The Most Worn Item in My Wardrobe
Andrew and my dad have made some funny observations about me lately that I wanted to share.
When my parents told me they picked up a couple of summer dress shirts for Andrew for his birthday (which my dad is bringing with him to Seoul on Saturday!), my dad said that they didn't pick up anything for me, because, according to him, my younger sister and I are "fussy" about the things we wear—no matter how nice an item might be, we won't wear it if it doesn't represent our 'style' or feel like 'us.' I laughed, because, accurate.
The other night, over dinner, Andrew mentioned some of my home mannerisms—the way I eat, the way I sit when I'm eating. These are starkly different from the ways I do each outside of home, because I'm clearly comfortable and myself at home. This then led to descriptions of how quickly I change into my pajamas once I get home, the look of judgment on my face when Andrew doesn't immediately change into his loungewear, etc. I laughed all throughout dinner.
The first thing I do when I get home is change into my pajamas (after taking off my shoes, which is just a preliminary step to changing into pajamas). More often than not, I do this before washing my hands. (My mom would always tell me to wash my hands when I got home from school, as I headed to my room to change into my pajamas.)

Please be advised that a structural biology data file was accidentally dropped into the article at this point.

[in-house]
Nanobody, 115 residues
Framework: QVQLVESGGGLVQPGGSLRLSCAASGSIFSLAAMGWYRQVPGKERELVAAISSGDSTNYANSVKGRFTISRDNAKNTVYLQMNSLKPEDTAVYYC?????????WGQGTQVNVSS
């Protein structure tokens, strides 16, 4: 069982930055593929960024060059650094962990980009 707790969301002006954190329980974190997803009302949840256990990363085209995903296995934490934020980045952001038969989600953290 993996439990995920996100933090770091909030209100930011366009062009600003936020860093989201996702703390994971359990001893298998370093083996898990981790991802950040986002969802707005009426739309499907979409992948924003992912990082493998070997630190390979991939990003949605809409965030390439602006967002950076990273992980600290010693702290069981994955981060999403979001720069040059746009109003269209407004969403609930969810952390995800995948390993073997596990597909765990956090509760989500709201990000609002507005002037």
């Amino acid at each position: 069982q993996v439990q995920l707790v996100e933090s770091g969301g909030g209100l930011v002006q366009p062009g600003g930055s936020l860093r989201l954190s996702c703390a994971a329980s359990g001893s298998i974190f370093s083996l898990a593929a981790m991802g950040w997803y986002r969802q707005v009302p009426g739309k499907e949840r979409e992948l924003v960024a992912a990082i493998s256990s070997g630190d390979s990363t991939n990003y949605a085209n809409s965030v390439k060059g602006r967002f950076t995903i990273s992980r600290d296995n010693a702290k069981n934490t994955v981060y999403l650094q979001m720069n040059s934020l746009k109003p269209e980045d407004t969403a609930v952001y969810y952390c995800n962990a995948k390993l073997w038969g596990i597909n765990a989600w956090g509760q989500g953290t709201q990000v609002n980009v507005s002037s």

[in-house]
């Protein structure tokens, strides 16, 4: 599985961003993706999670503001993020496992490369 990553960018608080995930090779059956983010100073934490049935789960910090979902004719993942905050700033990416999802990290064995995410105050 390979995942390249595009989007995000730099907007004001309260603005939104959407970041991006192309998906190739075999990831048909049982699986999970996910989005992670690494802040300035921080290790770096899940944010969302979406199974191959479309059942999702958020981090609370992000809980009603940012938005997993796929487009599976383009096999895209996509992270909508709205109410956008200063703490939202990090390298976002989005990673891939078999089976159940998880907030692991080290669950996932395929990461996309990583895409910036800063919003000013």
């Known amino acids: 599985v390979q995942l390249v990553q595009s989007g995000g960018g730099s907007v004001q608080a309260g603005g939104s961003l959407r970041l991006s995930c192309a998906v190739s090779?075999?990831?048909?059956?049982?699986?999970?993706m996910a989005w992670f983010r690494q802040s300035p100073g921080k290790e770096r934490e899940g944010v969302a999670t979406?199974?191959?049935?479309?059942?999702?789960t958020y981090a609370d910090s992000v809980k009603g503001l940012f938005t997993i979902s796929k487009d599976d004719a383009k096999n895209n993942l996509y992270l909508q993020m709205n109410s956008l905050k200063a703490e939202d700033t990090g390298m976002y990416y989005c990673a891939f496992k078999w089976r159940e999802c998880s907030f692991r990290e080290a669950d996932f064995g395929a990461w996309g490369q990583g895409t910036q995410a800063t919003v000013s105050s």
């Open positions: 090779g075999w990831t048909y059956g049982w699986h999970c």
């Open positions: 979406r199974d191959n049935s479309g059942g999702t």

It doesn't matter what time of day it is, it doesn't matter if I'm going out again later, and sometimes, it doesn't even matter if we have people over.
It's another way I compartmentalize my life. Home is for being at ease and relaxing. How can you be at ease and relax if you're wearing anything other than pajamas? When I compartmentalize my wardrobe, at its base level, there are two types of clothes—outdoor and indoor (or, as I refer to them, dirty and pajamas). Just as you wouldn't wear your pajamas outside (sad!), you shouldn't wear your dirty clothes at home.
I don't understand when others are embarrassed or apologetic about having been in their pajamas all day. It's called a good day.
It's why I don't mind investing in good pajama sets. The cost-per-wear will quickly become less than pennies, and fabric, fit, comfort, and quality matter. Shop some of my favorite options below! (These Lake pajamas are next on my list.)
I've written about comfortable style, but the most uncomfortable I feel, even more than walking in difficult shoes or wearing ill-fitting clothing, is when wearing something I don't identify with. It's like wearing a bad costume or lying. The clothes I feel good in, love to wear, and wear most are ones that are 'so me.' And, as it turns out, as I've learned through these observations, there's nothing more me than a set of pajamas.
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